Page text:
Last updateTue, 24 Feb 2015 5pm

Brendan Cotter considers how likely a claim against a testamentary predator is to succeed

As Hilaire Belloc wrote in Dedicatory Ode 1910: ‘The question’s very much too wide, and much too deep and hollow, and learned men on either side use arguments I cannot follow.’

Michael Colledge and Chris Rowse advise charity trustees on best practice when faced with litigation

Every organisation will face legal issues at some point, whether that is the sale or purchase of property, or a dispute with another party. Charities are no different, but in the case of disputes charity trustees will have some different considerations to take into account when considering whether to enter into litigation, including the duty to preserve charity assets.

The current political language of stark opposites is nothing new to the practitioner. Geoffrey Shindler explains

Let us begin by considering two four letter English words, much used in public and no doubt in private conversations and publications. The two words in question are ‘hard’ and ‘soft’. Currently these two words come up against each other because of the unpredicted result of a referendum held earlier this year, which was neither needed nor wanted by the country at large and held only because the then Prime Minister was desperately trying to keep his party together; and failed. This fate seems to befall Conservative Prime Ministers in their relationship with their party and with the European Union at regular intervals – see John Major.

Simon Goulding examines the interaction of the principle of survivorship with claims under s9 of the Inheritance (Provision for Family and Dependants) Act 1975

How final and irreversible is survivorship in the context of joint tenancies? Where an interest evaporates as a result of the death of a joint tenant, normally it will not be coming back in any shape or form, despite the clear intention of the deceased and even where those intentions are expressed in a will. Once survivorship has operated only statutory provisions will reverse its consequences. Where a will or the rules on intestacy have failed to provide a reasonable level of financial provision for a dependant, a potentially powerful statutory provision which may reverse the effects of survivorship for a person who claims to be a dependant of the deceased is s9 of the Inheritance (Provision for Family and Dependants) Act 1975. This section (which was amended by the Inheritance and Trustees’ Powers Act 2014) provides that:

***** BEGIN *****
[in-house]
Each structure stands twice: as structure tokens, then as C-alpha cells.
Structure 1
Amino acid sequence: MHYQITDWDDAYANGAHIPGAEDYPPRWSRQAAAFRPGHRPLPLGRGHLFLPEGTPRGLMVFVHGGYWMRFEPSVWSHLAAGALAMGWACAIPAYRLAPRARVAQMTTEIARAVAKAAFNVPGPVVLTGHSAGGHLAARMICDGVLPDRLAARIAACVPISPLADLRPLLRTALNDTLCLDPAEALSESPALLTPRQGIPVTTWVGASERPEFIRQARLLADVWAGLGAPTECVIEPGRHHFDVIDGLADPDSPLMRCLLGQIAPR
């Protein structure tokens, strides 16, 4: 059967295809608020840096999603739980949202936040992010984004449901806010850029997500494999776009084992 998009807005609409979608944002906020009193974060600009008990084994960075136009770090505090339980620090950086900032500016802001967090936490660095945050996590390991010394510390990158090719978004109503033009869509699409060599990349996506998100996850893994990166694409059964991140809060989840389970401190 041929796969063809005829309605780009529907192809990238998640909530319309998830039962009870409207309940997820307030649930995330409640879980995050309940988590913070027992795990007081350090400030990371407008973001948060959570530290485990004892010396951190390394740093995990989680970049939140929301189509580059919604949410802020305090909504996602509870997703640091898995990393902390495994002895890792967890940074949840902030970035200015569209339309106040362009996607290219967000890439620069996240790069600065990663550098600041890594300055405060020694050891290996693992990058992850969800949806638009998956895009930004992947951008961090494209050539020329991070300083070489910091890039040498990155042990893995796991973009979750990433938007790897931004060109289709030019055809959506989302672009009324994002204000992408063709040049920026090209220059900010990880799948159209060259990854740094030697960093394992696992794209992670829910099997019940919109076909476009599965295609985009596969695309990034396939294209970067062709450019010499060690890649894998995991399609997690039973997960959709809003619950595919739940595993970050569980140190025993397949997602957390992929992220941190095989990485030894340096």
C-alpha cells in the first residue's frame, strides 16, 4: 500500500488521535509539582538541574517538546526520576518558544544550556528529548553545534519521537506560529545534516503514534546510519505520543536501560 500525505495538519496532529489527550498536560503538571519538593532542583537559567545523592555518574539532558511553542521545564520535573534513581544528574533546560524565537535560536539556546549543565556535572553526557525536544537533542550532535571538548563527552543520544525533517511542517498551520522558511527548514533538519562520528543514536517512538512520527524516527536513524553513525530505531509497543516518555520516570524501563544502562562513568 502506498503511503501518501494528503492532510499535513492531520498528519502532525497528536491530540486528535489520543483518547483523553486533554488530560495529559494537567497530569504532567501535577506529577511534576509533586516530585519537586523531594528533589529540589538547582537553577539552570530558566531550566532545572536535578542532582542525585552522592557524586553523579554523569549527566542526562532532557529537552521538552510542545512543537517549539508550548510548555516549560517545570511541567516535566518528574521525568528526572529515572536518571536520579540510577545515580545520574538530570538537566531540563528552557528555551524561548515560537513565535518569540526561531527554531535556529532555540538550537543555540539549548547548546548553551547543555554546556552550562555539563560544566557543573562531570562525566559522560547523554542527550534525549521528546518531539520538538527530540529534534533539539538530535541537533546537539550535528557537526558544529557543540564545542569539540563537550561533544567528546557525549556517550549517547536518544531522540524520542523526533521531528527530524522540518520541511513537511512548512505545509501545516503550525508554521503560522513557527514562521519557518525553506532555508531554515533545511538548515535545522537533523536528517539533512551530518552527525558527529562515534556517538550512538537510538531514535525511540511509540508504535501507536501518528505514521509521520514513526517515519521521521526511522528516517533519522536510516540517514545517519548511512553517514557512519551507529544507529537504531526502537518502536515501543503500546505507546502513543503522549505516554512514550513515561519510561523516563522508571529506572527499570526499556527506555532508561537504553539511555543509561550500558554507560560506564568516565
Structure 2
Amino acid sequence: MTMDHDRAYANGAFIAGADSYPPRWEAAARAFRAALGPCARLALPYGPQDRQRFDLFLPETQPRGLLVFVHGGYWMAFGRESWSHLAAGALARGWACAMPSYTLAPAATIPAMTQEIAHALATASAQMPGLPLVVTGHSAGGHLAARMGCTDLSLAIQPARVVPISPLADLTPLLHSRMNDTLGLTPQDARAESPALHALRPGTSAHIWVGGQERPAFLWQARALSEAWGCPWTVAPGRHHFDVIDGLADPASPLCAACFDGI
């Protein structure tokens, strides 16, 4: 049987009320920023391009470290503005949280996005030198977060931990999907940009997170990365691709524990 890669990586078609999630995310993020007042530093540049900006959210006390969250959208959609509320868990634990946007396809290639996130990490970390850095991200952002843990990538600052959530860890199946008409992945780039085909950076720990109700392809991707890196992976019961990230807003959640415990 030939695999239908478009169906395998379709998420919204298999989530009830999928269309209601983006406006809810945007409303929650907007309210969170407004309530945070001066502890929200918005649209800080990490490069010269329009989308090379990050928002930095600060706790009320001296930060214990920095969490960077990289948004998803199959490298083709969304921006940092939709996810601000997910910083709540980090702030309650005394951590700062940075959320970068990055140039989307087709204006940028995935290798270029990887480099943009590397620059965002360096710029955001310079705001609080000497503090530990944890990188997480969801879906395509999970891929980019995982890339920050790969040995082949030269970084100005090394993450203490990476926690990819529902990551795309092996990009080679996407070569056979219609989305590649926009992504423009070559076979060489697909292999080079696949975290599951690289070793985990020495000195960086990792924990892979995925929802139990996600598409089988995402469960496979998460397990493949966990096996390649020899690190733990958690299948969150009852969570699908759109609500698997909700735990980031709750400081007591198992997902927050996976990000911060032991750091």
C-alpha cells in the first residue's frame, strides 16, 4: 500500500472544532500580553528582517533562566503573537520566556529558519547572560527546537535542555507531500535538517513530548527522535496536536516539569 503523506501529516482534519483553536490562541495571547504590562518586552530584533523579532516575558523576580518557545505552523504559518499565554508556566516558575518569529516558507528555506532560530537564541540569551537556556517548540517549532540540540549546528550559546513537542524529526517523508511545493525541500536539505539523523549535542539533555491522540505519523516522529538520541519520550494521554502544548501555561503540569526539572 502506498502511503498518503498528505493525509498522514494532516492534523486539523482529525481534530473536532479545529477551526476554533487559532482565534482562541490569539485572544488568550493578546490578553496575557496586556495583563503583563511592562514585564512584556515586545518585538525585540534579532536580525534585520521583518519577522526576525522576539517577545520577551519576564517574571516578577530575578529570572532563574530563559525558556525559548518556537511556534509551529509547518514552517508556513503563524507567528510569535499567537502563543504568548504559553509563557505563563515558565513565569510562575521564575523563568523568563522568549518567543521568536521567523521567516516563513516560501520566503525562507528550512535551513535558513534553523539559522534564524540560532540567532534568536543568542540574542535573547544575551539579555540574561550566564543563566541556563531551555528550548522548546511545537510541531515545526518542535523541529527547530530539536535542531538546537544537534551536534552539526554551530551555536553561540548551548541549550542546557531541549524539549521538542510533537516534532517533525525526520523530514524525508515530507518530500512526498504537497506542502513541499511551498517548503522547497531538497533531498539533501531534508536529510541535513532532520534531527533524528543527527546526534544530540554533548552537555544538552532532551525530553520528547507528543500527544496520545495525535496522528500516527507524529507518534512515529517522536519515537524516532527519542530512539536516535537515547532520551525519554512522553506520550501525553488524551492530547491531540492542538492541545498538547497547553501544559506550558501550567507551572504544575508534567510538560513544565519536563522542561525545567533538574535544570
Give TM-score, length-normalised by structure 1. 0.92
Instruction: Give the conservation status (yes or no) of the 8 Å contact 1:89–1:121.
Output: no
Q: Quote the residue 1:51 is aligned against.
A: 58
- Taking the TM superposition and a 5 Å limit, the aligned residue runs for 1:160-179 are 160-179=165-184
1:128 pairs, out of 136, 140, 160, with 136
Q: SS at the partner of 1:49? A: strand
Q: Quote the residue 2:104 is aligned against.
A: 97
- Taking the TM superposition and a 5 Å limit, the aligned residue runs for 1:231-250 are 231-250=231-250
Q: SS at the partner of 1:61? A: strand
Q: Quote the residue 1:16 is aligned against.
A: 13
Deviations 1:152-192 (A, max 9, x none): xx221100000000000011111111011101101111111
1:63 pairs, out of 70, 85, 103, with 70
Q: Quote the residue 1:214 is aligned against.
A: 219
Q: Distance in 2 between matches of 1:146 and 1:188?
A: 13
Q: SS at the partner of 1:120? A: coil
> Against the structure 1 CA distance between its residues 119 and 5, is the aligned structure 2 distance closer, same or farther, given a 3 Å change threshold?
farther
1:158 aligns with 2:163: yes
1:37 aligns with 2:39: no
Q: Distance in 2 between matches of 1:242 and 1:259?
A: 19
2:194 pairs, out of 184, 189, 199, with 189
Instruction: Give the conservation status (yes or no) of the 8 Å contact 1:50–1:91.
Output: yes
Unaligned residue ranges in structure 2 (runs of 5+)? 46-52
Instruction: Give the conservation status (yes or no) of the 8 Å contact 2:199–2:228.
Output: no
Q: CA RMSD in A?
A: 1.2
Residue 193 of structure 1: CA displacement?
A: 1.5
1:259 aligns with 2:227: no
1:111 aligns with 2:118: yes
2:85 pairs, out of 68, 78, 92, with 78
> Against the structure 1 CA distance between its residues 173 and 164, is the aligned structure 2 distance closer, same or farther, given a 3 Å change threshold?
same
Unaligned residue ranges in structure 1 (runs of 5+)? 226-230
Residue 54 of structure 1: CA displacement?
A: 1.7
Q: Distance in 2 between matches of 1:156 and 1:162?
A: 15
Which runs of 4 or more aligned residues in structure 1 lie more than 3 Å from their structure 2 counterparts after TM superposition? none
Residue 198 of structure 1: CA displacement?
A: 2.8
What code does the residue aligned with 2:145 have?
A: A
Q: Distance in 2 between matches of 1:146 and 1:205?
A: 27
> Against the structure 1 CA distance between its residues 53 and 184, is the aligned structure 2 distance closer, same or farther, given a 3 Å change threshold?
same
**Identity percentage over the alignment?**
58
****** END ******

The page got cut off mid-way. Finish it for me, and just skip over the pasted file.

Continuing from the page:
Hannah Southon explores a judgment concerning a rarely used power of the court to direct the division of jointly-owned chattels

What relief is available from the court for co-owners of chattels who have reached an impasse as to what is to become of their jointly-owned property? The recent case of Butler v Butler [2016] provides some clarity on the previously little-known s188 of the Law of Property Act 1925.

Katherine Hallett highlights a case that demonstrates the weight the court gives to the fact matrix when considering a possible declaration of trust

Mr and Mrs Singha divorced in 2010. A property adjustment order was made by the family court transferring Mr Singha’s interest in the family home (the property) from Mr Singha to Mrs Singha. Mr Singha was the sole registered proprietor of the property.

James Lister and Fenner Moeran QC analyse a case that demonstrates how a Beddoe order is applied in practice

This July saw the culmination of a long-running series of cases in the Chancery Division concerning the Albert Arms public house in Esher, Surrey. The litigation was started in September 2014 and has encompassed various first-instance and appeal hearings to bring it to the flurry of hearings in July 2016.

Guy Rendell and Graeme Fraser give the lowdown on parents helping children to buy property

With stagnant wages and high property prices, the so-called ‘Bank of Mum and Dad’ has become a major player in UK property transactions. According to data released by Legal & General in 2016, 25% of all homeowners received help from family and friends to buy the property they live in, a figure which increases to 32% for London homeowners and 57% for the under-35s.